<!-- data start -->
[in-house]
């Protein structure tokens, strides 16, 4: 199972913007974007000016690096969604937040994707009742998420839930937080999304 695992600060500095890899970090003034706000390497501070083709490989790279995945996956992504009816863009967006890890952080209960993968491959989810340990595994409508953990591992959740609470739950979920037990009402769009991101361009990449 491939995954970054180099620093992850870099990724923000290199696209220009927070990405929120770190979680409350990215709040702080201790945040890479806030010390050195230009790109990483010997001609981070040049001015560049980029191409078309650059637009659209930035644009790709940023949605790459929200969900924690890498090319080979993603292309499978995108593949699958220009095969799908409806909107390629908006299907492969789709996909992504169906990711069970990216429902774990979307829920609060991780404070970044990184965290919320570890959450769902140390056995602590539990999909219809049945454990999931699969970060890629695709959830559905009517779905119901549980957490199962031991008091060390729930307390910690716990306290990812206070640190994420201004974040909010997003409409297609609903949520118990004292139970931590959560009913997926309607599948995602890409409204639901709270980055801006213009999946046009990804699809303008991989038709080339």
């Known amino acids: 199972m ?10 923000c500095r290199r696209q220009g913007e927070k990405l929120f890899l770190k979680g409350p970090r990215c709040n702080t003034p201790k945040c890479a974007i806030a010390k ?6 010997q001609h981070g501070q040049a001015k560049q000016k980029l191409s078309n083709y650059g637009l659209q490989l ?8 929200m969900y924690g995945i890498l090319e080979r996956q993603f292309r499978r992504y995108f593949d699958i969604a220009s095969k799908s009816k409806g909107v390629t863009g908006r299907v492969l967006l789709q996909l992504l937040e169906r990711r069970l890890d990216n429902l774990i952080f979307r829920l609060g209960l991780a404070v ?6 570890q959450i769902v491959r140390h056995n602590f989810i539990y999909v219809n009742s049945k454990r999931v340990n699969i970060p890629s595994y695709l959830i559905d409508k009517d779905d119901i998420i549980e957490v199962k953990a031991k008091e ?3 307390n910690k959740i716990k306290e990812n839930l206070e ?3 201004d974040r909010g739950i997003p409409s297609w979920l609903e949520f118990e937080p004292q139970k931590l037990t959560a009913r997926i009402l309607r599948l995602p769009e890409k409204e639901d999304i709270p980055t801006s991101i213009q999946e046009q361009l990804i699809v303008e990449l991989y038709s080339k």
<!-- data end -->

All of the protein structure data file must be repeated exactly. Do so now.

[in-house]
């Protein structure tokens, strides 16, 4: 199972913007974007000016690096969604937040994707009742998420839930937080999304 695992600060500095890899970090003034706000390497501070083709490989790279995945996956992504009816863009967006890890952080209960993968491959989810340990595994409508953990591992959740609470739950979920037990009402769009991101361009990449 491939995954970054180099620093992850870099990724923000290199696209220009927070990405929120770190979680409350990215709040702080201790945040890479806030010390050195230009790109990483010997001609981070040049001015560049980029191409078309650059637009659209930035644009790709940023949605790459929200969900924690890498090319080979993603292309499978995108593949699958220009095969799908409806909107390629908006299907492969789709996909992504169906990711069970990216429902774990979307829920609060991780404070970044990184965290919320570890959450769902140390056995602590539990999909219809049945454990999931699969970060890629695709959830559905009517779905119901549980957490199962031991008091060390729930307390910690716990306290990812206070640190994420201004974040909010997003409409297609609903949520118990004292139970931590959560009913997926309607599948995602890409409204639901709270980055801006213009999946046009990804699809303008991989038709080339």
């Known amino acids: 199972m ?10 923000c500095r290199r696209q220009g913007e927070k990405l929120f890899l770190k979680g409350p970090r990215c709040n702080t003034p201790k945040c890479a974007i806030a010390k ?6 010997q001609h981070g501070q040049a001015k560049q000016k980029l191409s078309n083709y650059g637009l659209q490989l ?8 929200m969900y924690g995945i890498l090319e080979r996956q993603f292309r499978r992504y995108f593949d699958i969604a220009s095969k799908s009816k409806g909107v390629t863009g908006r299907v492969l967006l789709q996909l992504l937040e169906r990711r069970l890890d990216n429902l774990i952080f979307r829920l609060g209960l991780a404070v ?6 570890q959450i769902v491959r140390h056995n602590f989810i539990y999909v219809n009742s049945k454990r999931v340990n699969i970060p890629s595994y695709l959830i559905d409508k009517d779905d119901i998420i549980e957490v199962k953990a031991k008091e ?3 307390n910690k959740i716990k306290e990812n839930l206070e ?3 201004d974040r909010g739950i997003p409409s297609w979920l609903e949520f118990e937080p004292q139970k931590l037990t959560a009913r997926i009402l309607r599948l995602p769009e890409k409204e639901d999304i709270p980055t801006s991101i213009q999946e046009q361009l990804i699809v303008e990449l991989y038709s080339k």